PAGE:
Judge blocks first law in nation that gave Uber drivers right to unionize

Judge blocks first law in nation that gave Uber drivers right to unionize

A driver for Uber Technologies Inc., arrives at an authorized customer pick up area at Seattle-Tacoma International Airport, in Seattle. A federal judge in Seattle on Tuesday, April 4, 2017, temporarily blocked the city's first-in-the-nation law allowing drivers of ride-hailing companies such as Uber and Lyft to unionize over pay and working conditions

SAN FRANCISCO — A Seattle judge on Tuesday temporarily blocked the first law in the nation that would have given Uber, Lyft and taxi drivers the right to unionize.

The law was originally passed in 2015 but had been challenged by two lawsuits.

U.S. District Judge Robert Lasnik's temporary restraining order was in response to a request by the U.S. Chamber of Commerce filed last month. It argued the Seattle law classified drivers as employees when they were actually independent contractors and thus not eligible to unionize and collectively bargain over wages and working conditions.

The Teamsters Union is seeking to unionize the workers. It has demanded that Uber and Lyft turn over lists of drivers who meet the criteria set by the Seattle law, that they have driven at least 52 times in a three-month period in the proceeding year before Oct. 19, 2016.

The case represents an important front in the on-going battle between gig economy workers trying to gain more employee-like benefits while companies seek to have them definitively classified as contract workers. If the workers win, it could mean that the business model Uber and Lyft have built will no longer be viable.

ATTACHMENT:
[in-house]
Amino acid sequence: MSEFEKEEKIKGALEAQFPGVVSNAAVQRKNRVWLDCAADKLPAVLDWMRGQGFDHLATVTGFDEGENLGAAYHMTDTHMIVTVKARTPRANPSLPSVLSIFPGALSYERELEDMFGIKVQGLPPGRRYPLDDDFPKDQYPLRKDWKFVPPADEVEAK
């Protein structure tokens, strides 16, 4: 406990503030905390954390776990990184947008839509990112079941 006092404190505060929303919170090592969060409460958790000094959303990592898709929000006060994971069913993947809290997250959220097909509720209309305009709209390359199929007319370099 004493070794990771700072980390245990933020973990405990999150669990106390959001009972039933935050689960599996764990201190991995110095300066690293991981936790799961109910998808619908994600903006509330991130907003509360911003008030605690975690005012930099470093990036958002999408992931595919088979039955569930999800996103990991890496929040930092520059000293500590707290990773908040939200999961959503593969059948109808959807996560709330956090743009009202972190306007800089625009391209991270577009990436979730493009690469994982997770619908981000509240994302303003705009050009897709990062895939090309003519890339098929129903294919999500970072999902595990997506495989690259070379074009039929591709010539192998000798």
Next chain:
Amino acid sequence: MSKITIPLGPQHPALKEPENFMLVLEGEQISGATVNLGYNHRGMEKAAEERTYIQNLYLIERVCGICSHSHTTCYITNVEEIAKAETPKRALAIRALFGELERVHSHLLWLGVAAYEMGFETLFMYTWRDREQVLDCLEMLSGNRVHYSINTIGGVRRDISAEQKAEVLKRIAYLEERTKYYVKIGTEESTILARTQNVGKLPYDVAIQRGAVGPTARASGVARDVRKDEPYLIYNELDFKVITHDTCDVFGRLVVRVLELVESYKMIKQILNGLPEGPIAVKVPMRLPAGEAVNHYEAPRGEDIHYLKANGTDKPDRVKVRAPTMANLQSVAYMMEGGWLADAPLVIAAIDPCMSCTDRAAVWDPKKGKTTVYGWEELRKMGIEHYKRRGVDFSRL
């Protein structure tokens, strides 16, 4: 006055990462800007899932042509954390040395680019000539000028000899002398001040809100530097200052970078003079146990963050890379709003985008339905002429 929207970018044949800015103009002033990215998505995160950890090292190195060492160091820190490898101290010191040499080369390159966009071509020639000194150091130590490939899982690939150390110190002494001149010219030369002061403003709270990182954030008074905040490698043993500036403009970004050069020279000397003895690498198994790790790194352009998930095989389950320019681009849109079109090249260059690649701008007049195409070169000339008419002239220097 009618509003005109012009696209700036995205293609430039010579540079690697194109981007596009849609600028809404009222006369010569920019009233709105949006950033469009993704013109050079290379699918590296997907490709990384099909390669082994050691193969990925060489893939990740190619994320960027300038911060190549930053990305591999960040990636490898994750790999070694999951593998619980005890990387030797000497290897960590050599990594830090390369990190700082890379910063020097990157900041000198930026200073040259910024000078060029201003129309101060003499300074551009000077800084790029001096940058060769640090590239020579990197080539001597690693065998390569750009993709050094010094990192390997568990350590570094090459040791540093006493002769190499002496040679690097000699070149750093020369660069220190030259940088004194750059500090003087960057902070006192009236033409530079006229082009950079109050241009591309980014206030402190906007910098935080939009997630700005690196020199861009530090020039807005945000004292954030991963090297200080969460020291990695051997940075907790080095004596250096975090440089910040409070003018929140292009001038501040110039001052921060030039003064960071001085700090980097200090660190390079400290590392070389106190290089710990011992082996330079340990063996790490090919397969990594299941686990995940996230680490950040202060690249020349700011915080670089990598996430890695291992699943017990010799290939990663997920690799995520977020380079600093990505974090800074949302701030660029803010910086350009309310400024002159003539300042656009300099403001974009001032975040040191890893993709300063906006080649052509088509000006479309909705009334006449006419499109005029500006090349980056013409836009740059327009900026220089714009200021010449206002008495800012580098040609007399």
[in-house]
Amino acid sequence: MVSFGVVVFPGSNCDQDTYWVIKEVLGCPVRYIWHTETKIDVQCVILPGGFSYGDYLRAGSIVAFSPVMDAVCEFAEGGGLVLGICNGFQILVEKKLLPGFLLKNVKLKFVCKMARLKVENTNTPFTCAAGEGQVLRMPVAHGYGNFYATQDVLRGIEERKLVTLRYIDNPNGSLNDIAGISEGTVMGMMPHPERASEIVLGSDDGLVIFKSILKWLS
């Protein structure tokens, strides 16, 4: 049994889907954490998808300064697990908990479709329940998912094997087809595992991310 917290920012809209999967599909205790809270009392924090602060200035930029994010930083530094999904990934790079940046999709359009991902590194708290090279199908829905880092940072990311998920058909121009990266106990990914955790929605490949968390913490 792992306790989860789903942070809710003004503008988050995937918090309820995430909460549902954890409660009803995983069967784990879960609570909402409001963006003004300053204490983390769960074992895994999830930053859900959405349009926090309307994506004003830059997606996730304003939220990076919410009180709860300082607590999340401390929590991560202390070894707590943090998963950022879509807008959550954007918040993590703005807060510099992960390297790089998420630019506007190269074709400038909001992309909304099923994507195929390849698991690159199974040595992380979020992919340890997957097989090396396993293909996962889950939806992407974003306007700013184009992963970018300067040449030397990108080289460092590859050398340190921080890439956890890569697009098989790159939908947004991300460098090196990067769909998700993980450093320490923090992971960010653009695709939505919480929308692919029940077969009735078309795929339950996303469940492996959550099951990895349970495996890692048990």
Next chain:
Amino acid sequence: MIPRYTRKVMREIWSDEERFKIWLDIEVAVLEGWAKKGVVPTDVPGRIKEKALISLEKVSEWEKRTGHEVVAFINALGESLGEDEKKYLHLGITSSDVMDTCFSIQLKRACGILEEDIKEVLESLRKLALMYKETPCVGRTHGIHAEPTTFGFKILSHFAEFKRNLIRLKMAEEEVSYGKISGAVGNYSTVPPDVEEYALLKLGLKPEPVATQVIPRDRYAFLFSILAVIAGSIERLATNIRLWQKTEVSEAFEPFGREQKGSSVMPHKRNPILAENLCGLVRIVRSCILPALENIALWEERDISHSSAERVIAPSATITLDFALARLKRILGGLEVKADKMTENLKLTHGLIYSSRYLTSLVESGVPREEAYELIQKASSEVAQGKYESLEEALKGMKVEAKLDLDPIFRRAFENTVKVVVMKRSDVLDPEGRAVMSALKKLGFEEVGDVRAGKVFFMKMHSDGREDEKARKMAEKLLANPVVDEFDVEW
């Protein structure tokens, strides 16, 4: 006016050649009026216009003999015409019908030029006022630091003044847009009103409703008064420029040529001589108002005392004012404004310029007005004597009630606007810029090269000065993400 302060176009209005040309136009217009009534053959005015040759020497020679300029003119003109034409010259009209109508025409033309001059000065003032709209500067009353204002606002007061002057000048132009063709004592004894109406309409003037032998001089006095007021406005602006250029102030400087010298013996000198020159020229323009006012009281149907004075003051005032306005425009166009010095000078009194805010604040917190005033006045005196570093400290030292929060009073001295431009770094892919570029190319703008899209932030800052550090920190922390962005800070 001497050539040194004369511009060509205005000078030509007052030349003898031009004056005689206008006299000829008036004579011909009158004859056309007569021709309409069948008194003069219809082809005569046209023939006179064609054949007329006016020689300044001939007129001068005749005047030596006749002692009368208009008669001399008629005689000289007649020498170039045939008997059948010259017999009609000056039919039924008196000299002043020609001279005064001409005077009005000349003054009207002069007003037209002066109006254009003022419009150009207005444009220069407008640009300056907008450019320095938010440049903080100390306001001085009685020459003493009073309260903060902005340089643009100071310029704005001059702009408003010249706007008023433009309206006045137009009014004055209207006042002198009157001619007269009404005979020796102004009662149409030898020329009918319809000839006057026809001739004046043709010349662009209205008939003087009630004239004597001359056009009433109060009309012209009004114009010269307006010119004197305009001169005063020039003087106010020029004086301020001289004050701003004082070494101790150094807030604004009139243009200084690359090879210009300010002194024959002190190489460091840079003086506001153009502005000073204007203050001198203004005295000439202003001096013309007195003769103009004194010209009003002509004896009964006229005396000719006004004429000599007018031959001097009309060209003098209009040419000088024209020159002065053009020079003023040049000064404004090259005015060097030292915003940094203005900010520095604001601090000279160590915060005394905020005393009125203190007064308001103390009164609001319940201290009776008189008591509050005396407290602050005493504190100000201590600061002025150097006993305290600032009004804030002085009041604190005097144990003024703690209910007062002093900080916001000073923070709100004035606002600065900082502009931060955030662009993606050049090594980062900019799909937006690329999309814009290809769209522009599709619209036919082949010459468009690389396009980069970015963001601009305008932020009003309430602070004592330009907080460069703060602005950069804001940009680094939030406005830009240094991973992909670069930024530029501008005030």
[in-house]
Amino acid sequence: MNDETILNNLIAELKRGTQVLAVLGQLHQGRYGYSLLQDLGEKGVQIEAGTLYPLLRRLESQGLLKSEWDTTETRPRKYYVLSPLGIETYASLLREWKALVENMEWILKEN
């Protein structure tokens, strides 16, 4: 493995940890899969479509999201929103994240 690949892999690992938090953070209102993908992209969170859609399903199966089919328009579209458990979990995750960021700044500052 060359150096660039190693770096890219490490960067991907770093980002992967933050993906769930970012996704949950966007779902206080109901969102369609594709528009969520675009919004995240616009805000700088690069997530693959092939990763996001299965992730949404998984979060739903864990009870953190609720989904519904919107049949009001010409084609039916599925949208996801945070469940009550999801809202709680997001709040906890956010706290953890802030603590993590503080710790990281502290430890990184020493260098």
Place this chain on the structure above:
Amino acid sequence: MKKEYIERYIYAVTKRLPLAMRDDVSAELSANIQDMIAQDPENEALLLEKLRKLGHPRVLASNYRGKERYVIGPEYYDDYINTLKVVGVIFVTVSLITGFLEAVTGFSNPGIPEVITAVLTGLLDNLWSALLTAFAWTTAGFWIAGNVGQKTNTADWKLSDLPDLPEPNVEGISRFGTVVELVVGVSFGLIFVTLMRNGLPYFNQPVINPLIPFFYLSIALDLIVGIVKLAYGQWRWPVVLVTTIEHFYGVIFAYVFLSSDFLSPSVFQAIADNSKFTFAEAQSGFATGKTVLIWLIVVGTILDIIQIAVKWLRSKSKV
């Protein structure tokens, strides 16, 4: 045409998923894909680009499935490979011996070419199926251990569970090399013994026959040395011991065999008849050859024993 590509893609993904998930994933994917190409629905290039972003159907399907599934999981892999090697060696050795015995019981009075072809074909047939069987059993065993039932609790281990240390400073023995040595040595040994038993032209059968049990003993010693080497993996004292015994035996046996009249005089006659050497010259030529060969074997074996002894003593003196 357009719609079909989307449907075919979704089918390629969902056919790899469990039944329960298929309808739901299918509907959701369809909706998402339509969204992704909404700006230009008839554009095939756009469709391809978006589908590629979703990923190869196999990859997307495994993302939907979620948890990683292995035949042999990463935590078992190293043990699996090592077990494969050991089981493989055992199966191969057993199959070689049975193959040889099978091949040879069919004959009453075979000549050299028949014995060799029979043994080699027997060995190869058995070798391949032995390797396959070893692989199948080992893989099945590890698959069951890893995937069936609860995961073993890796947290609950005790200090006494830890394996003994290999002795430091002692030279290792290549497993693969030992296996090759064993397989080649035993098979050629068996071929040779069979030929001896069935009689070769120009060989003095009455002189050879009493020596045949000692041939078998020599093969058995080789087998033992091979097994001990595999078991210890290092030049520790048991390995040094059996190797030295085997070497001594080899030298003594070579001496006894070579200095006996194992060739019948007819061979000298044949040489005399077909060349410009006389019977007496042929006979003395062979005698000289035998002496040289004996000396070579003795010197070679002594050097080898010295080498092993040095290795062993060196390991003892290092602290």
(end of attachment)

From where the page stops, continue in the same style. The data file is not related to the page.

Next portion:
The U.S. Chamber filing argued that requiring Lyft, Uber and taxi companies turn over lists of drivers involved confidential and trade secret information.

The issues in the case are complex and far-reaching, potentially destroying the business model upon which Uber, Lyft and other ride-hailing businesses are based. Because of that complexity, Lasnik wrote, “The public will be well-served by maintaining the status quo while the issues are given careful judicial consideration as to whether the city’s well-meaning ordinance can survive the scrutiny our laws require.”

The temporary injunction should by no means be seen as an indicator of which way the case will ultimately be decided, Lasnik wrote.

Lyft was pleased the court ruled that what it called Seattle’s “experimental law” wouldn’t be implemented until issues raised by drivers are heard.

“The ordinance is a poorly drafted law that could undermine the flexibility of drivers to choose when, where and for how long they drive - the very things that make Lyft so attractive to drivers and useful for passengers,” said Adrian Durbin, Lyft’s director of communications.

Uber looks "forward to the court’s full consideration of the many serious legal questions about this ordinance as the lawsuit moves forward,” said Brooke Steger, general manager for the company in the Pacific Northwest.



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